Jewelry Photography 101

Loryn came to B-ton this weekend to help me get started taking jewelry pictures for my etsy shop. Photography class couldn’t start until I had the tools and environment under control. I had to clean up the are and get the photo table set-up. I have an old drafting table which has become my base, the lights are borrowed from Loryn, the camera is my old Fuji Film 3800 FinePix, and I bought a roll of banner paper from Pygmalion’s, the local art store.

Set-up of photo table.
I have hung the brackets and you can see the dowel that will hold the roll of banner paper.

Living in an A-Frame house can cause some difficulties in hanging anything from the walls, so to hang my banner paper which would become my photo backdrop, I purchased two closet rod brackets. I hung these from the walls and put a dowel though the roll of paper. This drapes down to the table and provides a great backdrop that I can replace easily and even write and doodle on with no costly consequences. Just cut and roll out another sheet and you are good to go.

Then came the actual tutorial.
Kristin

The photo table with backdrop and lights on each side.
The full photo setup

Loryn here. This is what the full photography set-up looks like. After shooting thousands of objects for sale on eBay, I got the best results by having two lights balanced on each side of the object. The tripod is helpful, but not a necessity with Kristin’s camera, which has good image stabilization.

The power strip has to be close at hand (or foot, really), so we can turn the lights off and on easily. The photo lights are 500 watt daylight bulbs. They are very, very hot, and they have a 5 hour lifespan, so you only want them on while shooting. A truly professional set-up would include lights that are slaved to the camera, so they only come on when you press the shutter release. We’re not there yet, if we will ever be.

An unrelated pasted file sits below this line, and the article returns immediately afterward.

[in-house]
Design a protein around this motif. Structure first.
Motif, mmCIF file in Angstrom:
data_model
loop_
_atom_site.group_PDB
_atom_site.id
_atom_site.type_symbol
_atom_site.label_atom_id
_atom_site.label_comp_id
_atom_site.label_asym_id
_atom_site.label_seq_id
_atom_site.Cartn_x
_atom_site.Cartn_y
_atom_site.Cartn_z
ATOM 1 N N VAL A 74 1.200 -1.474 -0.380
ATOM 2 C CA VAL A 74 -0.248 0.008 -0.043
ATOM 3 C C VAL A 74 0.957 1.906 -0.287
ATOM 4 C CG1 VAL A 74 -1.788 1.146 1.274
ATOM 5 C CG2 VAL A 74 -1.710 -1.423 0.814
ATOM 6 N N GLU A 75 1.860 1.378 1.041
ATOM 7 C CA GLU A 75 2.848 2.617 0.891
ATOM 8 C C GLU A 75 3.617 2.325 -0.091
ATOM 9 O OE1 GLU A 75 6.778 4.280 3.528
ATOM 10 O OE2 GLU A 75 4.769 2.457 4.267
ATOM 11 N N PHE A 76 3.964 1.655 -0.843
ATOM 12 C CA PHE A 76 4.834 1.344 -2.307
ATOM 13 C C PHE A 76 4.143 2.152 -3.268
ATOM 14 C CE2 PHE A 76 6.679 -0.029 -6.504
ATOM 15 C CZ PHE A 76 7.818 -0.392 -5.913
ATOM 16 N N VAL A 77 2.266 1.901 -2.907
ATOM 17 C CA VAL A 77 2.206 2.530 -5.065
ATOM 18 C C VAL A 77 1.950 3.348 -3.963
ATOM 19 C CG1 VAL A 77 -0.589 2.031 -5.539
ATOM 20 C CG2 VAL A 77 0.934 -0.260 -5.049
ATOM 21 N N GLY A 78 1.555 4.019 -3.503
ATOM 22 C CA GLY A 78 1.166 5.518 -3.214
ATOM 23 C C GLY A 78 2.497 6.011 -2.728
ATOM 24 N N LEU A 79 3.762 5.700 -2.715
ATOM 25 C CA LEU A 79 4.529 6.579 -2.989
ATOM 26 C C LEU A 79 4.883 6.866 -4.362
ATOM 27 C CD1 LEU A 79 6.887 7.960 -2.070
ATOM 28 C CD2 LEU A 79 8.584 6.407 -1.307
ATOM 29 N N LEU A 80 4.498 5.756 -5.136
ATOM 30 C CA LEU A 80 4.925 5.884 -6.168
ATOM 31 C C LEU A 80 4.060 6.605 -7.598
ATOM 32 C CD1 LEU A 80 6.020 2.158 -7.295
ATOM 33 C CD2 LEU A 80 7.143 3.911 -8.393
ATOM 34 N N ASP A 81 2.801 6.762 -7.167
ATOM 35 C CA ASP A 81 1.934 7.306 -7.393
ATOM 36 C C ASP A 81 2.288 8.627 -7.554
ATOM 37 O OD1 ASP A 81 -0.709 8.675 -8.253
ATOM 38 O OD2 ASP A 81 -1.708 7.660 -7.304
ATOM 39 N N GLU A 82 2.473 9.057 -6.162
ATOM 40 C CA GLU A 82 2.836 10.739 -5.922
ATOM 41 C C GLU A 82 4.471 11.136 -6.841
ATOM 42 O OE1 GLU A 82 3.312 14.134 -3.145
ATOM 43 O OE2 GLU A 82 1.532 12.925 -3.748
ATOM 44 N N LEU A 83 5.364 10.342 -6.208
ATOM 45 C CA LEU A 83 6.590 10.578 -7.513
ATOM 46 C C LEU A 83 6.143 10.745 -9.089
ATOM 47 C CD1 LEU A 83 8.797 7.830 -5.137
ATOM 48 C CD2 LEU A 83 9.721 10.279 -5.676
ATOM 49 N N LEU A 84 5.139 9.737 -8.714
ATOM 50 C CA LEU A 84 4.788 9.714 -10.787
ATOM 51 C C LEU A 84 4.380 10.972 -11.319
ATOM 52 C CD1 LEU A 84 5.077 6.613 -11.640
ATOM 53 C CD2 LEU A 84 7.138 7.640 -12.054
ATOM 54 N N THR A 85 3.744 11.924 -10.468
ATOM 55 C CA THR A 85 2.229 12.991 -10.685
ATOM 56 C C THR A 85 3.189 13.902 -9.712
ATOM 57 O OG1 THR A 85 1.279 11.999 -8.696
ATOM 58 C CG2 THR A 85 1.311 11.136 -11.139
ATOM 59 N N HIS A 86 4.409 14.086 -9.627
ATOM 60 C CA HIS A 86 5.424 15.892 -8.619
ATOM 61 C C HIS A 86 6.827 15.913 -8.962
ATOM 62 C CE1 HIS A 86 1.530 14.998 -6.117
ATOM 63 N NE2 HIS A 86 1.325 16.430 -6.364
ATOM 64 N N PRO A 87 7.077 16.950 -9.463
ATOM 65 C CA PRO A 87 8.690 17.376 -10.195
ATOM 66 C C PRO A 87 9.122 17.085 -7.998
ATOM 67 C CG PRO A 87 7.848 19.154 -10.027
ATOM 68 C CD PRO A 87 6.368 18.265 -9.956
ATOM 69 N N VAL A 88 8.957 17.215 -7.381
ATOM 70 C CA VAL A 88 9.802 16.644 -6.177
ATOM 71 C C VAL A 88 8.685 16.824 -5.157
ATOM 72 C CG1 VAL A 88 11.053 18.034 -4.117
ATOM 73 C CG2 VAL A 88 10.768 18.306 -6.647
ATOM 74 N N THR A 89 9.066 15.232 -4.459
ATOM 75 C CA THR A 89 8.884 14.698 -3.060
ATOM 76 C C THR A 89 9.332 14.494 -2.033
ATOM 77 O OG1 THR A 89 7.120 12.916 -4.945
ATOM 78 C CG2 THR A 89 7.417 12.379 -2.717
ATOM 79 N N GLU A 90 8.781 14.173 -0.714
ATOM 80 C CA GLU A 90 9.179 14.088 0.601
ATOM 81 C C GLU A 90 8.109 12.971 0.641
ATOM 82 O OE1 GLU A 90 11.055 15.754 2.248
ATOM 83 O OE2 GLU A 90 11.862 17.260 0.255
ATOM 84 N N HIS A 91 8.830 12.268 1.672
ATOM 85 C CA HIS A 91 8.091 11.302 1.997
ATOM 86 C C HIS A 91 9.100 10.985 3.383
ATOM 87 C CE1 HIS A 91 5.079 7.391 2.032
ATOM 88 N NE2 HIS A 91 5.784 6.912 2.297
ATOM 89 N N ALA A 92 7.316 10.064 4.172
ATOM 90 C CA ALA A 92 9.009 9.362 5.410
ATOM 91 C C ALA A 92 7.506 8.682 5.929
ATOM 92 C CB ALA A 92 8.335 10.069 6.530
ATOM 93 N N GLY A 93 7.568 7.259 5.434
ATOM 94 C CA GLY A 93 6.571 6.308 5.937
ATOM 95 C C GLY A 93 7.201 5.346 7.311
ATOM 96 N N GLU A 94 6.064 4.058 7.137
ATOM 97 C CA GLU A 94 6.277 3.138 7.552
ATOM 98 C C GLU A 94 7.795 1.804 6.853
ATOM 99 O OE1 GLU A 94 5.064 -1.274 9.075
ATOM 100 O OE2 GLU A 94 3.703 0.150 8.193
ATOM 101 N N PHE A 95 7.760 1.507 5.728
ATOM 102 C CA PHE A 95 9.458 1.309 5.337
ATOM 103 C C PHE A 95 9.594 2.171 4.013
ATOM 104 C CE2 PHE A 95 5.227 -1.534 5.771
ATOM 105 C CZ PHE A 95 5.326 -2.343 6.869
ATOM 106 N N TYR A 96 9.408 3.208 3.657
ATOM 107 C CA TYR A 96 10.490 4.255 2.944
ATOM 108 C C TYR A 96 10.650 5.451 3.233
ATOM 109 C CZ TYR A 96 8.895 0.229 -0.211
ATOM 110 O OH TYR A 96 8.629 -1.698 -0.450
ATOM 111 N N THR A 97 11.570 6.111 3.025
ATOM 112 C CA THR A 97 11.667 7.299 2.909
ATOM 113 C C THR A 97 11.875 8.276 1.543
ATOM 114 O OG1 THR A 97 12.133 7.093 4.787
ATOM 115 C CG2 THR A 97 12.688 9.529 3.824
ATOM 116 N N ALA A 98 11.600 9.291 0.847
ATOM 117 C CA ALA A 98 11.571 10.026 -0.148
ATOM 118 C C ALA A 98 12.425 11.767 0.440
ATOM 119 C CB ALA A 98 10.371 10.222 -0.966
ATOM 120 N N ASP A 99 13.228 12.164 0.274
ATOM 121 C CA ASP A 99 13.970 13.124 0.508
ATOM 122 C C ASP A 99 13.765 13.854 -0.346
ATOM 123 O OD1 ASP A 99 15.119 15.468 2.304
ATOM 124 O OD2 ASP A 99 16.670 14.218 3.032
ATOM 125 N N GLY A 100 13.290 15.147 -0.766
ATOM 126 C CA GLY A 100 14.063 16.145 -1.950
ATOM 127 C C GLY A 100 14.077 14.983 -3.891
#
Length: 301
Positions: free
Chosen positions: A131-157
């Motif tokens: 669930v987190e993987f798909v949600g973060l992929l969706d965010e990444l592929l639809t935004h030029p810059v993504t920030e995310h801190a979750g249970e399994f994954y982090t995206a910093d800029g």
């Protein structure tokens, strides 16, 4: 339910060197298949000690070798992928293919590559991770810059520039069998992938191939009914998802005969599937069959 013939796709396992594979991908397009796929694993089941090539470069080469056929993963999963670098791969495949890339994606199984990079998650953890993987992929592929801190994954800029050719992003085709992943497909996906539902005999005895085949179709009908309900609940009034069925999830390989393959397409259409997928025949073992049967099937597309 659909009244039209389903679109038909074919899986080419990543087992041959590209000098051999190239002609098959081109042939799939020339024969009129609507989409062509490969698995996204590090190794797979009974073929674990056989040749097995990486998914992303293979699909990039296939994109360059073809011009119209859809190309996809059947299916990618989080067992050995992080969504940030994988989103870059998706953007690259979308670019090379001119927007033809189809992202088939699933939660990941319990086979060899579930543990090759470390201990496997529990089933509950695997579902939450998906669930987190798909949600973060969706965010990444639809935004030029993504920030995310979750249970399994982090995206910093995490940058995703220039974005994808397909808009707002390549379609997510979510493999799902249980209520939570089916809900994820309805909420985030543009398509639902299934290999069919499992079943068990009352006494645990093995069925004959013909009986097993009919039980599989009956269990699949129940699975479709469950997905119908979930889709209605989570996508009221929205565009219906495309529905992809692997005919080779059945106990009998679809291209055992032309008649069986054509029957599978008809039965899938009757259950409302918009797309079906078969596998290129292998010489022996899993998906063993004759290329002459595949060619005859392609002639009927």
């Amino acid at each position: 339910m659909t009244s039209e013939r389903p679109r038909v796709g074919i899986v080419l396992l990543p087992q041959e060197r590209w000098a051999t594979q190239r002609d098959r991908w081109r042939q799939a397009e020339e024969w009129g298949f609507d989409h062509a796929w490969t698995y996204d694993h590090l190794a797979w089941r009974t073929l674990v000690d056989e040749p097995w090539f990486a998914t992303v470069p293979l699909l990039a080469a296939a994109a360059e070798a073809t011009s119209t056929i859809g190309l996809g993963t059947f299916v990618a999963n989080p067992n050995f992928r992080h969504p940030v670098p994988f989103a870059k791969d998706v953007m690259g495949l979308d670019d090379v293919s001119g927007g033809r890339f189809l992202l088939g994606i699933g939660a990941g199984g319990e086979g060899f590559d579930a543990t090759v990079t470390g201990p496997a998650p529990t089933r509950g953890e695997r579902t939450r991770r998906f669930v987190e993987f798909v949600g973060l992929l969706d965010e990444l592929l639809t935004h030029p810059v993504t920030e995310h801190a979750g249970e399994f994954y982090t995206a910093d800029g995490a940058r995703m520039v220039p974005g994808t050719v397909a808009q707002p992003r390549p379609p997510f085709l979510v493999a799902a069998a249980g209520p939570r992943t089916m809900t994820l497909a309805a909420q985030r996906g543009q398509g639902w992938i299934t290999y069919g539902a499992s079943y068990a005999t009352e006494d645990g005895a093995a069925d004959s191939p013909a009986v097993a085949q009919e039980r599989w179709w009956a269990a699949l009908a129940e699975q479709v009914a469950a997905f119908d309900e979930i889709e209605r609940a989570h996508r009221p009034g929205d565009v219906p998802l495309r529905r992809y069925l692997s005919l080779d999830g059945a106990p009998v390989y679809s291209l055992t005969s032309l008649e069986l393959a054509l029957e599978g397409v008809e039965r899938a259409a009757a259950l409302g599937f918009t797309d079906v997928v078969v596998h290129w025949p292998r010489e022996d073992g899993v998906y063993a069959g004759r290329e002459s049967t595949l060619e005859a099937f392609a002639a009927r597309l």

Jewelry positioned in the photo area.
Putting the jewelry in place

Here I’m trying out different positions for the camera and the jewelry. The camera has a 6X zoom, so it needs to be fairly close to get nice tight macro shots.

Loryn photographing jewelry
Photography in action

I’ve always thought that product photography is similar to taking portraits. Every object has a “face,” even just metaphorically, and a close up of that face is the shot you want for your thumbnails. Here is the “face shot” of Kristin’s pearl necklace:

Pearl necklace with dangle
Close up of Kristin's pearl necklace

Didn’t Kristin do a beautiful job designing this? She let me wear it when I got married, and it looked wonderful with my pink dress.

After the face shot, I pull back for the complete object. With necklaces, the challenge is to get the item to fill most of the frame, instead of a mostly white shot. It’s easier with a multi-strand necklace like this.

Multi-strand pearl necklace
The full necklace shot

After a few adjustments in Photoshop, the photos are ready to go! Check out the next post for more of Kristin’s jewelry!
—Loryn

2 thoughts on “Jewelry Photography 101

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